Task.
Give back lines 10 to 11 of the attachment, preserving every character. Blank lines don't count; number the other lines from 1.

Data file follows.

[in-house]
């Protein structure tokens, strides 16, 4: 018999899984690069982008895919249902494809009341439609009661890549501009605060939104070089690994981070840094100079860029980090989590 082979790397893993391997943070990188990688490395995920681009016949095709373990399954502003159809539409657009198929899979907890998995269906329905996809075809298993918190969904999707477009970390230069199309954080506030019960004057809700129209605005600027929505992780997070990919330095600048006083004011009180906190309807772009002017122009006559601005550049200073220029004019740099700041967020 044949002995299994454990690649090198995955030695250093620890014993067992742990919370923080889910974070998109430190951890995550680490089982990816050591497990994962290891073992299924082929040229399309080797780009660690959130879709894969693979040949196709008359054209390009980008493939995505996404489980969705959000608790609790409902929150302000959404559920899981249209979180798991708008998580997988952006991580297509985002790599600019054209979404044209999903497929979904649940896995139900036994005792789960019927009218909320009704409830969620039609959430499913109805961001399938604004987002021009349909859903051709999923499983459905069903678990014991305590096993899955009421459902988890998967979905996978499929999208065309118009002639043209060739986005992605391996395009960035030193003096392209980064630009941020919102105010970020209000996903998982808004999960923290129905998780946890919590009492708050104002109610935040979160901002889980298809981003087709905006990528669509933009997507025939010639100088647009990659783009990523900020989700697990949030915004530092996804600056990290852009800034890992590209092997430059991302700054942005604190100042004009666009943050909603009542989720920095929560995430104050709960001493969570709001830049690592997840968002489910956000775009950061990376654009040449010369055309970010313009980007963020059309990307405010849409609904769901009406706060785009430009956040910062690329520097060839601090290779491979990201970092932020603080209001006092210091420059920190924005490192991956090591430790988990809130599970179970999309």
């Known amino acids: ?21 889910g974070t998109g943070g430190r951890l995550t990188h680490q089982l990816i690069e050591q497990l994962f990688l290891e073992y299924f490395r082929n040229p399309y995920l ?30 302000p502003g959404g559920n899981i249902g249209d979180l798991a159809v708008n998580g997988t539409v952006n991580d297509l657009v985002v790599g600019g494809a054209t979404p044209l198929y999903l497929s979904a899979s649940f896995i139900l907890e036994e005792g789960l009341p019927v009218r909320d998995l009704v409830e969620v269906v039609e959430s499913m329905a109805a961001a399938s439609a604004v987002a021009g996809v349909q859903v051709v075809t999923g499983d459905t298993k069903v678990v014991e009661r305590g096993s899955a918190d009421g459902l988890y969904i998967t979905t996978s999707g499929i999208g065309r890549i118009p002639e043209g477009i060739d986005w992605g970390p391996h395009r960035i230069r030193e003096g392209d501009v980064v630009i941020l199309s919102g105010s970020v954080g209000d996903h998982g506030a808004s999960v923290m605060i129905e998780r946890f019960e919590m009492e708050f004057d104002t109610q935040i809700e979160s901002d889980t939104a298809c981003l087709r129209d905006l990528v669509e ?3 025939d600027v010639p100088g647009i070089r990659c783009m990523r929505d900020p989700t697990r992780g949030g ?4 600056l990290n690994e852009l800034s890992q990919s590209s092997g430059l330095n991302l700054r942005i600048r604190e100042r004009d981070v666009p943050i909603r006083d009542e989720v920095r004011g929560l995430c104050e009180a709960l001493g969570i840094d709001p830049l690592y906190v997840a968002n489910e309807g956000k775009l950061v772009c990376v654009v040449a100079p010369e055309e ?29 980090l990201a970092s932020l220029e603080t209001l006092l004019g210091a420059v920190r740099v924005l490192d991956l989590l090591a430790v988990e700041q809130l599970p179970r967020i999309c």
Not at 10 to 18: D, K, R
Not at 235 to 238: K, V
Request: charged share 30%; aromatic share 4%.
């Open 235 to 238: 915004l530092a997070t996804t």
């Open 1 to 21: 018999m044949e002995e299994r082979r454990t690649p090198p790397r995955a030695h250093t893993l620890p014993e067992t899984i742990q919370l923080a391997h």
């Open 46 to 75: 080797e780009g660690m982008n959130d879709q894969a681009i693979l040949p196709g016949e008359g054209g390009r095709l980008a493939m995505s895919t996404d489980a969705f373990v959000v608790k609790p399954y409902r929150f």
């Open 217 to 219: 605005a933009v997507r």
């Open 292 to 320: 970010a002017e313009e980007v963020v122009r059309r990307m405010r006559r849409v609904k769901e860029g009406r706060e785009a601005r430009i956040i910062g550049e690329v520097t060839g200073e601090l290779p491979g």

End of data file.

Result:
């Open 217 to 219: 605005a933009v997507r």
């Open 292 to 320: 970010a002017e313009e980007v963020v122009r059309r990307m405010r006559r849409v609904k769901e860029g009406r706060e785009a601005r430009i956040i910062g550049e690329v520097t060839g200073e601090l290779p491979g």